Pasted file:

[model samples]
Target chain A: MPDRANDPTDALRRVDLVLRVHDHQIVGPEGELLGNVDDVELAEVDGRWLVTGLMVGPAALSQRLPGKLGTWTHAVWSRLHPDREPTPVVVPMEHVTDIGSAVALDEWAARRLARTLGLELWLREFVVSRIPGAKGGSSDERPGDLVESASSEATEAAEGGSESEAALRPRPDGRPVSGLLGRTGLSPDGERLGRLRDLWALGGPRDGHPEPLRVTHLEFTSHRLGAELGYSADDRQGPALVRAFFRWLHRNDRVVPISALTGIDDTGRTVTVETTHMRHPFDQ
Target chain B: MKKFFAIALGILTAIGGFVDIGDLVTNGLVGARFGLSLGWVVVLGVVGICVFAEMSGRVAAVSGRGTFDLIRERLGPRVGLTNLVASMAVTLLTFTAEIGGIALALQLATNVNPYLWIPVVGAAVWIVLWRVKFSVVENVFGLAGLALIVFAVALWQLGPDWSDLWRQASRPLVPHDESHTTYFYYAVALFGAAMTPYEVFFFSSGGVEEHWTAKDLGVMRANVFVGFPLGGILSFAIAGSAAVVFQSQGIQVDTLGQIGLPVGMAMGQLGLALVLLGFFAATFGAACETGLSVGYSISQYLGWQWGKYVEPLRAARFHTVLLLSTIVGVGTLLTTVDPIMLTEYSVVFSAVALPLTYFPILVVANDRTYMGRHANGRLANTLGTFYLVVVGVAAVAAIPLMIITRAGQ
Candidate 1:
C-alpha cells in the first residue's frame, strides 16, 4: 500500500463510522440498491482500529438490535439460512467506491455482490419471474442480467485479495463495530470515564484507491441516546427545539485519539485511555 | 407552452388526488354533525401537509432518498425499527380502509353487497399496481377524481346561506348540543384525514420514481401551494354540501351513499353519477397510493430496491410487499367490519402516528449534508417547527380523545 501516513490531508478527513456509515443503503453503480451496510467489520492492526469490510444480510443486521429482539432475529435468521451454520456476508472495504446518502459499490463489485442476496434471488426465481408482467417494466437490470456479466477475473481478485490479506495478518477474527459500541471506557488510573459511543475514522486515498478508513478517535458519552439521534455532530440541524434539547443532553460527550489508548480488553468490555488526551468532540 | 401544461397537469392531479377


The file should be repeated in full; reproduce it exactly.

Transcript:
[model samples]
Target chain A: MPDRANDPTDALRRVDLVLRVHDHQIVGPEGELLGNVDDVELAEVDGRWLVTGLMVGPAALSQRLPGKLGTWTHAVWSRLHPDREPTPVVVPMEHVTDIGSAVALDEWAARRLARTLGLELWLREFVVSRIPGAKGGSSDERPGDLVESASSEATEAAEGGSESEAALRPRPDGRPVSGLLGRTGLSPDGERLGRLRDLWALGGPRDGHPEPLRVTHLEFTSHRLGAELGYSADDRQGPALVRAFFRWLHRNDRVVPISALTGIDDTGRTVTVETTHMRHPFDQ
Target chain B: MKKFFAIALGILTAIGGFVDIGDLVTNGLVGARFGLSLGWVVVLGVVGICVFAEMSGRVAAVSGRGTFDLIRERLGPRVGLTNLVASMAVTLLTFTAEIGGIALALQLATNVNPYLWIPVVGAAVWIVLWRVKFSVVENVFGLAGLALIVFAVALWQLGPDWSDLWRQASRPLVPHDESHTTYFYYAVALFGAAMTPYEVFFFSSGGVEEHWTAKDLGVMRANVFVGFPLGGILSFAIAGSAAVVFQSQGIQVDTLGQIGLPVGMAMGQLGLALVLLGFFAATFGAACETGLSVGYSISQYLGWQWGKYVEPLRAARFHTVLLLSTIVGVGTLLTTVDPIMLTEYSVVFSAVALPLTYFPILVVANDRTYMGRHANGRLANTLGTFYLVVVGVAAVAAIPLMIITRAGQ
Candidate 1:
C-alpha cells in the first residue's frame, strides 16, 4: 500500500463510522440498491482500529438490535439460512467506491455482490419471474442480467485479495463495530470515564484507491441516546427545539485519539485511555 | 407552452388526488354533525401537509432518498425499527380502509353487497399496481377524481346561506348540543384525514420514481401551494354540501351513499353519477397510493430496491410487499367490519402516528449534508417547527380523545 501516513490531508478527513456509515443503503453503480451496510467489520492492526469490510444480510443486521429482539432475529435468521451454520456476508472495504446518502459499490463489485442476496434471488426465481408482467417494466437490470456479466477475473481478485490479506495478518477474527459500541471506557488510573459511543475514522486515498478508513478517535458519552439521534455532530440541524434539547443532553460527550489508548480488553468490555488526551468532540 | 401544461397537469392531479377